How to Make the Most of High School

Emmalyn Meyer, Design Editor

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     As the deadlines for next year’s class schedules are approaching quickly, freshmen, sophomores and juniors planning to attend college are considering which classes they can take that will give them college credit while still at Homestead. Dual Credit and Advanced Placement are the two most common ways for high schoolers to earn college credit; however, many of the students the classes are designed for are confused about which option is best for them. If this statement applies to you, don’t worry – there is still hope for you (and, if you feel you’ve made the wrong choice after a week of school, you can just drop the class or level down).

     First, there is the workload of the class, as well as the requirements to be in the college and high school class.

     The AP curriculum is rigorous for every class, as it prepares students to take a lengthy national exam at the end of May. While the exam is not necessarily needed to pass the class, it is the student’s ticket to getting college credit. On the topic of requirements and prerequisites, though, there aren’t many; you may have to be enrolled in a certain math or english class, but there are no specific test scores you must have to take an AP class.

     The Dual Credit class workload ultimately depends on the class and its teacher. Often, they are a replacement for an honors class, so they would have about the same amount of work as an honors class in the same subject. Obtaining college credit may be more difficult, though; the student must earn a C- or above in order to do so. Qualifying for dual credit classes can be time-consuming as well, as they require specific PSAT scores; if those PSAT scores have not been attained, the student must take the AccuPlacer test.

     Another subject that can be a big deciding factor in a student’s choice in taking AP or Dual Credit courses is the transferability of the credits – in other words, will the college credits students earn be accepted at the college they attend?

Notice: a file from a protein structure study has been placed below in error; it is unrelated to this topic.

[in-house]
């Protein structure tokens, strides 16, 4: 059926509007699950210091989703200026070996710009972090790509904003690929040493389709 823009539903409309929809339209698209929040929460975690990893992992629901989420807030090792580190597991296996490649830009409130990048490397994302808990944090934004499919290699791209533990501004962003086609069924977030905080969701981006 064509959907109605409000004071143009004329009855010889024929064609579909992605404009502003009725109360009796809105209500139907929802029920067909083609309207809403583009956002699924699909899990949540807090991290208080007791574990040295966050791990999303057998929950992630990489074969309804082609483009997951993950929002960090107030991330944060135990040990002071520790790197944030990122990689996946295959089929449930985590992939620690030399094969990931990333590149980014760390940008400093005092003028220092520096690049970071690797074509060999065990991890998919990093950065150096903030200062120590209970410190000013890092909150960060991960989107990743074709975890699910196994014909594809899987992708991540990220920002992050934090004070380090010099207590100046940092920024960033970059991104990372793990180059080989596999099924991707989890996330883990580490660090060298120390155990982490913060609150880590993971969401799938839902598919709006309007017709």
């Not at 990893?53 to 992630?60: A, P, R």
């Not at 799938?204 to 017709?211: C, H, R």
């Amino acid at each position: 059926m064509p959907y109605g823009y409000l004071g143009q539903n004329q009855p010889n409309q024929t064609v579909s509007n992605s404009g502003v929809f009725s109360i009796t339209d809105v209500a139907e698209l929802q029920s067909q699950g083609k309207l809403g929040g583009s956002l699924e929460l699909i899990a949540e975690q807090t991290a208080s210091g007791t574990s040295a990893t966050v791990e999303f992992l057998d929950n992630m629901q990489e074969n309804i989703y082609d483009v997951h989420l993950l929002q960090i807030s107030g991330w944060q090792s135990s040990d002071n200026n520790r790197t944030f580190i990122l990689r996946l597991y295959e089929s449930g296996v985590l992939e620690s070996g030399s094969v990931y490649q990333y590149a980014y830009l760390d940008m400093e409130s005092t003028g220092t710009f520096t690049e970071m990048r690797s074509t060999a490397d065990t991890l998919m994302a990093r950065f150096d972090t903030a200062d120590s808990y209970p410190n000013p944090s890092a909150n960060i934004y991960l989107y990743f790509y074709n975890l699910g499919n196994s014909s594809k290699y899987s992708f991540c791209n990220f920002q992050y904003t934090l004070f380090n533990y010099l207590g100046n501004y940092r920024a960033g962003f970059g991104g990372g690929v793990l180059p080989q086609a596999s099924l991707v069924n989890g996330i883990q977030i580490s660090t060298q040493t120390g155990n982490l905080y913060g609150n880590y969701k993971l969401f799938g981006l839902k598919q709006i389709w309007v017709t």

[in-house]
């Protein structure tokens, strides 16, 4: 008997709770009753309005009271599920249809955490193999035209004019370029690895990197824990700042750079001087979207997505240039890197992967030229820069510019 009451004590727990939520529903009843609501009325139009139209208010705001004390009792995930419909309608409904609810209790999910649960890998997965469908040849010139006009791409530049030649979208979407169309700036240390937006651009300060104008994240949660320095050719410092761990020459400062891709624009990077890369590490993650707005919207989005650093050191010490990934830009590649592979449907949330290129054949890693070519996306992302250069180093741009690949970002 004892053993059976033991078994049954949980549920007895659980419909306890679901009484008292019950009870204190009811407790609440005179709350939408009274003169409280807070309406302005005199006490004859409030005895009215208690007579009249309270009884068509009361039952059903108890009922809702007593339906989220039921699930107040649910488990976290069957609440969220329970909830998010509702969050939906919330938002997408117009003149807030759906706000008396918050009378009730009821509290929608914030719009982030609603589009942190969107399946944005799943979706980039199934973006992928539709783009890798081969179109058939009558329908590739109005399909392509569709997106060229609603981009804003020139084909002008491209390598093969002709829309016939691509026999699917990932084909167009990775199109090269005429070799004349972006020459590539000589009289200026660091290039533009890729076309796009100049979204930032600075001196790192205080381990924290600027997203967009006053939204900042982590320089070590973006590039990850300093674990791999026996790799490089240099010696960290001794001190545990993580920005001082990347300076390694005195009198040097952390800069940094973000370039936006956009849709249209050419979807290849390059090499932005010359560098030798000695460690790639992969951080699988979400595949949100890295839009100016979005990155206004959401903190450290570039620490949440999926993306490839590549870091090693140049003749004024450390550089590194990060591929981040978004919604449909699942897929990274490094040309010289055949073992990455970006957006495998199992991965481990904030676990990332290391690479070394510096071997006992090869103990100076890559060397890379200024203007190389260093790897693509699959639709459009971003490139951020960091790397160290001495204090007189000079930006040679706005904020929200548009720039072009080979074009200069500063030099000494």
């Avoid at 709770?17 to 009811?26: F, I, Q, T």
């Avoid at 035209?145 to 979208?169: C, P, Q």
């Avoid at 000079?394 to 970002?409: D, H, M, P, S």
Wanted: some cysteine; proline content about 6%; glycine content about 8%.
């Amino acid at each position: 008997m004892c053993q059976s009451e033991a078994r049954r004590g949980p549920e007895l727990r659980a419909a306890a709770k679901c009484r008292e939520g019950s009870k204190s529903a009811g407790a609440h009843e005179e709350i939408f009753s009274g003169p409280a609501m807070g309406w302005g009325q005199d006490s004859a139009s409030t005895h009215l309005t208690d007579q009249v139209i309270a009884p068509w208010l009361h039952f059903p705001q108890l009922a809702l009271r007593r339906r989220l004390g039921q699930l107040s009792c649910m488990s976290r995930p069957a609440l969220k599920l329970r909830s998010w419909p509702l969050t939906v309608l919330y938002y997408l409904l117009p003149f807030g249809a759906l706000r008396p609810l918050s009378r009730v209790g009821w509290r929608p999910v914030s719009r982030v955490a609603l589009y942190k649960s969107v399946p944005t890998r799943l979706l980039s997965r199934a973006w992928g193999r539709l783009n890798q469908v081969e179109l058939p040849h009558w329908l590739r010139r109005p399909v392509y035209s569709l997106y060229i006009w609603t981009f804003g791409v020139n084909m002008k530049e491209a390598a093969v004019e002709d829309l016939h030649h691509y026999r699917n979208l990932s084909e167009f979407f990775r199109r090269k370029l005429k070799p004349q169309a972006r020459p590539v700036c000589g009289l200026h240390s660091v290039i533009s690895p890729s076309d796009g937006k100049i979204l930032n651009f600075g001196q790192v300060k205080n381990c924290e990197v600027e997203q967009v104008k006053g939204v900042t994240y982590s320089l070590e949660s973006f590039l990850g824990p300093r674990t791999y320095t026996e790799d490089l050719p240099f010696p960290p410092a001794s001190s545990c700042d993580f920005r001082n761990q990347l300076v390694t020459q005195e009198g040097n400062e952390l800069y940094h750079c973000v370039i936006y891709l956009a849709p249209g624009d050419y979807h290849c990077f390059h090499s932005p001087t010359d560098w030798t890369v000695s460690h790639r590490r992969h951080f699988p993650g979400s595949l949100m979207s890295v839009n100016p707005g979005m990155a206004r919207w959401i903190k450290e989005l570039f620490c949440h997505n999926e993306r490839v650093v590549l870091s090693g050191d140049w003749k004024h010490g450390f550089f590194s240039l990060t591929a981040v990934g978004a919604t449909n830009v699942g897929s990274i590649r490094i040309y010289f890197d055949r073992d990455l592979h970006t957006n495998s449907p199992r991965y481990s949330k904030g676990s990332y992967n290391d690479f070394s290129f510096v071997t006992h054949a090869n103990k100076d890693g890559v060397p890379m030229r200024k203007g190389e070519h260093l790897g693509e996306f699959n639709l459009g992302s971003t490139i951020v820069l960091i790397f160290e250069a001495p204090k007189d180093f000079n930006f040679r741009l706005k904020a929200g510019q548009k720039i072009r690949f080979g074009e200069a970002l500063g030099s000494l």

AP courses generally have a higher guarantee of transferability as long as you earn a high enough score on the national exam. The exam is scored out of five points, and while it’s up to the college what score is acceptable, a four is generally adequate. Many in-state public colleges will even take a three. The answer to transferability is, in many cases, something that applies to different college. If you have a college in mind (or if you don’t) look at what specific universities’ policies are on AP classes.

     Dual Credit often has a “no guarantee of transferability” policy at Homestead. Many students overlook the benefits of taking Dual Credit classes because they fear their credits will not transfer when they enroll in college, especially if they plan to attend an out-of-state university. As with AP, the solution is often to look at specific universities’ policies are for Dual Credit. While most or all states have courses that give high school students college credit, they may have different methods of doing so.

     However, Indiana legislation created the Core Transfer Library in 2012 so that high school students in Indiana could trust their college credits would count.

     “In 2012, Indiana legislation required all public colleges and universities in the state of Indiana to create a list of courses that they would all accept from each other, so that Indiana students could take a university course at any public Indiana college or through Dual Credit at any Indiana high school and know that the class would count, no matter what public in-state college they would eventually attend,” Susan Summers, assistant principal, said. “Almost all of Homestead’s Dual Credit classes are on that list.”

     Summers’ best advice for students is to browse the contents of the CTL and to work with any colleges they are considering about their dual credit policies. There are some out-of-state public colleges and in-state private colleges that have taken Homestead Dual Credit in the past.

     “It is important for students and their families to work with the out-of-state and private colleges they are considering applying to… so that they can know exactly what credits are accepted at those schools,” Summers said. “Making a phone call to out of state and private college admission offices is also an easy way to learn about their transfer policies.”

     Lastly, since the main reason students take Dual Credit and AP classes while still in high school is to avoid the steep expenses of the same courses in college, the cost of these high school classes is a large concern.

     Because AP credits are earned based on the end-of-year national exam, the high school class itself is free; however, for the exception of the math and science exams, the exam costs ninety dollars.

     Dual credit, on the other hand, can either be entirely free or cost about $100. It depends on the class you take. Academic classes are often free, but visual and performing arts tend to be more expensive.

     Thanks to the Dual Credit and AP course options at Homestead, students saved three million tuition dollars last year, according to Summers. All the students who plan to attend college should keep their options open and think about the best way to save money.

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